I have written in previous posts about some of the wild flowers / weeds on our allotment such as Gallant Soldier (spreads like wildfire but is good in chicken stew), Red Deadnettle (lovely spring flowers for bees) and Tree Spinach (a useful edible and self-inflicted weed).
But one of my favourite allotment wild flowers (I hesitate to even use the word “weed”) is Weasel’s-Snout, Misopates orontium.
Weasel’s-Snout is also known as Lesser Snapdragon and Calf’s Snout. It is a member of the family Plantaginaceae and is a close relative of the Snapdragon, Antirrhinum majus, which was the subject of my PhD thesis many years ago and the reason why I came to Norwich. Weasel’s-Snout’s pretty pink flowers and green hairy fruit look just like a miniature version of Antirrhinum majus.
Misopates orontium is an ancient introduction to the British Isles, and is classed as an archaeophyte – plants that were introduced here before 1500 – along with Cornflower, Corn Marigold and Common Poppy. It is a spring-germinating annual of light soils and can be found in arable and other cultivated ground. Like other cornfield annuals, however, its fortunes have declined (see map) as agriculture has intensified and autumn sown crops (such as winter wheat and oilseed rape) have become widespread. Outside the British Isles, Weasel’s-Snout can still be found in the Mediterranean region (its original home) and, as a more recently introduced plant, in North America. In warmer climates, Misopates orontium flowers as early as March but here in Norwich it appears from April and May and flowers from June until September.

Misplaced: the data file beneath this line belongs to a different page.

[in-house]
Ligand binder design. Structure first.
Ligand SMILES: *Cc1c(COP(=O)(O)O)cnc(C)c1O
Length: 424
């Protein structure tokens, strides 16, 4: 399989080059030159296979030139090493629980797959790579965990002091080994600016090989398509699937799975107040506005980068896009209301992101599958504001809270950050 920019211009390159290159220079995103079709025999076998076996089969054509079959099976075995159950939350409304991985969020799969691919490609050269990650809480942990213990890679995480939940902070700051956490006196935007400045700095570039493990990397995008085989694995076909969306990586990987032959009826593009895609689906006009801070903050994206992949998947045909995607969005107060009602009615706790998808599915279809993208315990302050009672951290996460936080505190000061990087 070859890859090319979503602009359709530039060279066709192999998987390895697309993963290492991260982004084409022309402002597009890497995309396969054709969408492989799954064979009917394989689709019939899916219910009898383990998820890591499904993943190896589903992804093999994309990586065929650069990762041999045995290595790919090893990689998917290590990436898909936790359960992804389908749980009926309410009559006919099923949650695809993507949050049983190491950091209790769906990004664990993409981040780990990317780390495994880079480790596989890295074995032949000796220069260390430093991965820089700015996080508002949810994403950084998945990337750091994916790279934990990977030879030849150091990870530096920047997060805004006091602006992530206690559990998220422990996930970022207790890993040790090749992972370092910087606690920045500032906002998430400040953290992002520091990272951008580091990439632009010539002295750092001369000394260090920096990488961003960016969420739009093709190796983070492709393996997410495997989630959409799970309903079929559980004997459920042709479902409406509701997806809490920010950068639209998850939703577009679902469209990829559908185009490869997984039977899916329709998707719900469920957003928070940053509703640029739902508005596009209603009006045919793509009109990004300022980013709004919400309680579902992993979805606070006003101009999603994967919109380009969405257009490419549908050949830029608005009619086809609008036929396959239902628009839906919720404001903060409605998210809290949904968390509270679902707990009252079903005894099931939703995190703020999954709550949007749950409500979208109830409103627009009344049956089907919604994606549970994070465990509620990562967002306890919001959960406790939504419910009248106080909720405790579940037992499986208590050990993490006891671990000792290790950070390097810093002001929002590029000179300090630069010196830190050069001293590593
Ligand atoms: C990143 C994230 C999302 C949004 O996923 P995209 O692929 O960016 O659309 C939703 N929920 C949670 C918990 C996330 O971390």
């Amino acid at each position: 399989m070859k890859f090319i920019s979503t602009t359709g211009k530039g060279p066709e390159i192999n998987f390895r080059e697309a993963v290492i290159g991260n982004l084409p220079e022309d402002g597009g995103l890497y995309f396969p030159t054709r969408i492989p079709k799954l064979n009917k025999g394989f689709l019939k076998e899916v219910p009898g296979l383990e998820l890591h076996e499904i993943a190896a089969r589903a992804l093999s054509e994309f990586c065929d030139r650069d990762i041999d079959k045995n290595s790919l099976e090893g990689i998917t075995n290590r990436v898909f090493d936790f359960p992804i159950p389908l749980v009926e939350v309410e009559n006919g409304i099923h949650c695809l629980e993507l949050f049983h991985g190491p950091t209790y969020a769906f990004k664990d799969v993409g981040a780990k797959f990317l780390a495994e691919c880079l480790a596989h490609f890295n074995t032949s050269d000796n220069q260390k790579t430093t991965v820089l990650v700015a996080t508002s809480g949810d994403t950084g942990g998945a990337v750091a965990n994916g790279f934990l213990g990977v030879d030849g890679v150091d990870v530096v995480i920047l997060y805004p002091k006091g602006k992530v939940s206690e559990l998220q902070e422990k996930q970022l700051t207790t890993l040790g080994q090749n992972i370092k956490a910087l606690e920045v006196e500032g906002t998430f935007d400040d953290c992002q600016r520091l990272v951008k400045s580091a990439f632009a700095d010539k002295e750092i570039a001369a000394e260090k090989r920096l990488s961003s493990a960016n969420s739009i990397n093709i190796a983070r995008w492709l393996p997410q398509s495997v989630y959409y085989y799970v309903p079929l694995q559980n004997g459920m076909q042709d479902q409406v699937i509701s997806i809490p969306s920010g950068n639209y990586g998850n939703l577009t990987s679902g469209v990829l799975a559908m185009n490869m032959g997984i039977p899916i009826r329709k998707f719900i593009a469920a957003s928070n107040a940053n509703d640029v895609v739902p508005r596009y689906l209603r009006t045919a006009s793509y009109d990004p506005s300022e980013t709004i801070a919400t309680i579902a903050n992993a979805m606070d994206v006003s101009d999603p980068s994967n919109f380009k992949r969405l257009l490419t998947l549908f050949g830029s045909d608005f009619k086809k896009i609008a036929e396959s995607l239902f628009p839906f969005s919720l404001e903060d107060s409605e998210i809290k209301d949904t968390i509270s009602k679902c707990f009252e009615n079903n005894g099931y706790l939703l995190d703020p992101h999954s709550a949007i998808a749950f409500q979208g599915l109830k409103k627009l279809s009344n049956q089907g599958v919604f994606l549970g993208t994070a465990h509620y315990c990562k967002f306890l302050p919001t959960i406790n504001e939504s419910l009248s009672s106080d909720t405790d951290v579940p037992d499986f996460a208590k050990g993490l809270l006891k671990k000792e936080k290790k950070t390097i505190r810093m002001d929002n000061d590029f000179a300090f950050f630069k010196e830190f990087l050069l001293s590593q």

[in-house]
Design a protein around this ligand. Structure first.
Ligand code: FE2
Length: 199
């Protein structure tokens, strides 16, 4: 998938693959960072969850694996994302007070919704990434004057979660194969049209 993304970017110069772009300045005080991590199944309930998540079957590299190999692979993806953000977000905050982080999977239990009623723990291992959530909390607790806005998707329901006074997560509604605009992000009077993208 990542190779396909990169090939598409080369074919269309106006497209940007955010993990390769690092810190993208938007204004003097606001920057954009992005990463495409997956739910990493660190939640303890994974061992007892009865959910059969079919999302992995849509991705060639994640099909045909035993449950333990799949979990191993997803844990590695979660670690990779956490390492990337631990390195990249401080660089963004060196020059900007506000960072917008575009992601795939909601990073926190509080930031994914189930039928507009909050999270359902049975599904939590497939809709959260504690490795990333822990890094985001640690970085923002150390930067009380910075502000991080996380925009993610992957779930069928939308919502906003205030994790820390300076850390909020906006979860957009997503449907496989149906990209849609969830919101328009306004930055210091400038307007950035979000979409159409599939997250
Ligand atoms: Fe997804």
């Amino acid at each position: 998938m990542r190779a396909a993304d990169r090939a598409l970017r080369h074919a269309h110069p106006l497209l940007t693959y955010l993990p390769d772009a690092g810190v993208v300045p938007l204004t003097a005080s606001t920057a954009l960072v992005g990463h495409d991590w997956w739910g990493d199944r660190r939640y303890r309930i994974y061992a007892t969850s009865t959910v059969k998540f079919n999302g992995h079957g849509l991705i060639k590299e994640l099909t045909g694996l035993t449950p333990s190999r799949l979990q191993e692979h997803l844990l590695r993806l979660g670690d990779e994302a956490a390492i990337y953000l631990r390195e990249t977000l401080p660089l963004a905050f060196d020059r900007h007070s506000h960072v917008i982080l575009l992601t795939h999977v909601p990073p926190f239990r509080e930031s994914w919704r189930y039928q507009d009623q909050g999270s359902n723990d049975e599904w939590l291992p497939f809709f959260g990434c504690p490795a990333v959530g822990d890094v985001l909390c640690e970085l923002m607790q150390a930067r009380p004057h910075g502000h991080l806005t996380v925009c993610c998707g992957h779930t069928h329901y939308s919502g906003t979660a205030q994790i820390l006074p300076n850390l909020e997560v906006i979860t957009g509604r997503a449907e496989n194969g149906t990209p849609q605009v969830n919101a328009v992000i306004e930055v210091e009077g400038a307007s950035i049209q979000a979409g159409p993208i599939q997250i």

I take a pretty tolerant approach to my Weasel’s-Snout. If it is growing in the middle of a row of seedlings I will remove it, but I let it grow between rows or on the edges of the plot, where it is a pleasure, not a nuisance. The seeds are easy to collect and I have passed it on to friends, including Anne and Simon Harrap at Natural Surroundings in North Norfolk, who have included the plant in their displays of cornfield annuals.
If you want to grow Misopates orontium, but aren’t lucky enough to have your own supply, you can also buy seeds from Emorsgate Seeds.